In reaction the news that the bankrupt Hostess company – maker of such sugary confections as Twinkies and Ding-Dongs – is closing its doors because it was unable to reach an agreement with the Bakery, Confectionery, Tobacco Workers and Grain Millers International Union (BCTGM), AFL-CIO President Richard Trumka issued the following statement (the bakery union is an AFL-CIO member):
What’s happening with Hostess Brands is a microcosm of what’s wrong with America, as Bain-style Wall Street vultures make themselves rich by making America poor. Crony capitalism and consistently poor management drove Hostess into the ground, but its workers are paying the price. These workers, who consistently make great products Americans love and have offered multiple concessions, want their company to succeed. They have bravely taken a stand against the corporate race-to-the-bottom. And now they and their communities are suffering the tragedy of a needless layoff. This is wrong. It has to stop. It’s wrecking America.
That is not how the company management sees it. CEO Gregory Rayburn said the bakers union refused to deal and gave management no choice. Another major union that represented workers at the company, the International Brotherhood of Teamsters, agreed.
In a statement yesterday, it said the leadership of the BCTGM was not representing the best interrests of its members and putting Teamster members in an untenable position:
Today, the Teamsters Union announced its recommendation to the Bakery, Confectionary, Tobacco and Grain Millers International Union (BCTGM) that a vote of its Hostess members by secret ballot should be held to determine if the workers want to continue their strike of the company and force it into liquidation.
On Wednesday, Nov. 14, Hostess Brands indicated that if it couldn’t resume normal operations by 5 p.m. EST on Thursday, Nov. 15 that it would have to begin the liquidation process. Teamster Hostess members and all Hostess employees should know this is not an empty threat or a negotiating tactic, but the certain outcome if members of the BCTGM continue to strike. This is based on conversations with our financial experts, who, because the Teamsters were involved in the legal process, had access to financial information about the company. (Emphasis added.)
The Teamsters said it had made concessions and struck a deal with management that would have kept the company open. The BCTGM, it alleged, did not tell its members of the full extent of the company’s problems:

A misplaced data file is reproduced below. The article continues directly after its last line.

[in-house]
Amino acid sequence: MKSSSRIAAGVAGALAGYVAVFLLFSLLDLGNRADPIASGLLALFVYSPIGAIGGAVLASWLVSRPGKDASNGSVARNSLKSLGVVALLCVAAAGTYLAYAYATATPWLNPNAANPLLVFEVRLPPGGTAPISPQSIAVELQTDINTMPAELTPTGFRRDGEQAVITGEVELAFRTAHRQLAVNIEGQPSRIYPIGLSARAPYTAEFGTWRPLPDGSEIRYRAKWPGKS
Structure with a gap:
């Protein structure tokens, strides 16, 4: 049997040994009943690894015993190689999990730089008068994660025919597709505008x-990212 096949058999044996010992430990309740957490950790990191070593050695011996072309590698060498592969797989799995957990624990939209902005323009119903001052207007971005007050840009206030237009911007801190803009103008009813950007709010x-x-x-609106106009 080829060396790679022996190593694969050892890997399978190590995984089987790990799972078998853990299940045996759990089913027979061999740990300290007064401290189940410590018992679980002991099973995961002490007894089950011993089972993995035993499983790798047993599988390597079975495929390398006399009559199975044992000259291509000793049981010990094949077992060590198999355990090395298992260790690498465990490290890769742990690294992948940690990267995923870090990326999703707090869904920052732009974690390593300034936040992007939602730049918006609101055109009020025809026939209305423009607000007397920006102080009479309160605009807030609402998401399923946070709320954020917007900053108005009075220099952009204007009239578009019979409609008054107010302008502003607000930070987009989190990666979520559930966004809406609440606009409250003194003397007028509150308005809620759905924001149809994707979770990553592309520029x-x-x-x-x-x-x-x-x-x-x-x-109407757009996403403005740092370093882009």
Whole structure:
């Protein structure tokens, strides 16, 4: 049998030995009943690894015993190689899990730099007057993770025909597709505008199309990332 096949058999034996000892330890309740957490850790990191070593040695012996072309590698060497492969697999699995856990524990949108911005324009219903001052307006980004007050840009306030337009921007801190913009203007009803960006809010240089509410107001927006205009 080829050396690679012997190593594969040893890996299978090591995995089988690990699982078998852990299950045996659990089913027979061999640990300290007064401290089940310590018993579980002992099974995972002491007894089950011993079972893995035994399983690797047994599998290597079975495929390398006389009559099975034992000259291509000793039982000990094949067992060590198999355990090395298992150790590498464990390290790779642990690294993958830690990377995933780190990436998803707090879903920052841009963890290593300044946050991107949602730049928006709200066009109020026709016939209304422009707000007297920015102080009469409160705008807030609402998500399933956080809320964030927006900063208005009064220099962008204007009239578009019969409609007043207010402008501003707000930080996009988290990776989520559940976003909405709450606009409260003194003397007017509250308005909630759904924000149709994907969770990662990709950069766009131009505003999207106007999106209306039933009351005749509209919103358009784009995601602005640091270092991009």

The BCTGM chose a different path, as is their prerogative, to not substantively look for a solution or engage in the process. BCTGM members were told there were better solutions than the final offer, although Judge Drain stated in his decision in bankruptcy court that no such solutions exist. Without complete information, BCTGM members voted by voice votes in union halls. The BCTGM reported that over 90 percent rejected the final offer and three of its units ratified the final offer. (Emphasis added.)
In a follow-up news release today, the Teamsters again said that the BCTGM’s refusal to budge brought the company down, though it did not explicitly name the union this time:
Unfortunately, the company’s operating and financial problems were so severe that it required steep concessions from a variety of stakeholders but not all stakeholders were willing to be constructive. Teamster Hostess members, based on the facts and advice from respected restructuring advisors, understood what was at stake and voted to protect all jobs at Hostess.
The Teamsters acrimoniously split from the AFL-CIO years ago in an attempt to form a rival labor coalition with the Service Employees International Union. They have a long history of acting independently of the larger labor movement.
For its part, the BCTGM has said it bears no responsibility for any of the company’s troubles. It represents 30 percent of their workforce. The liquidation of Hostess will likely cost 18,500 employees their jobs.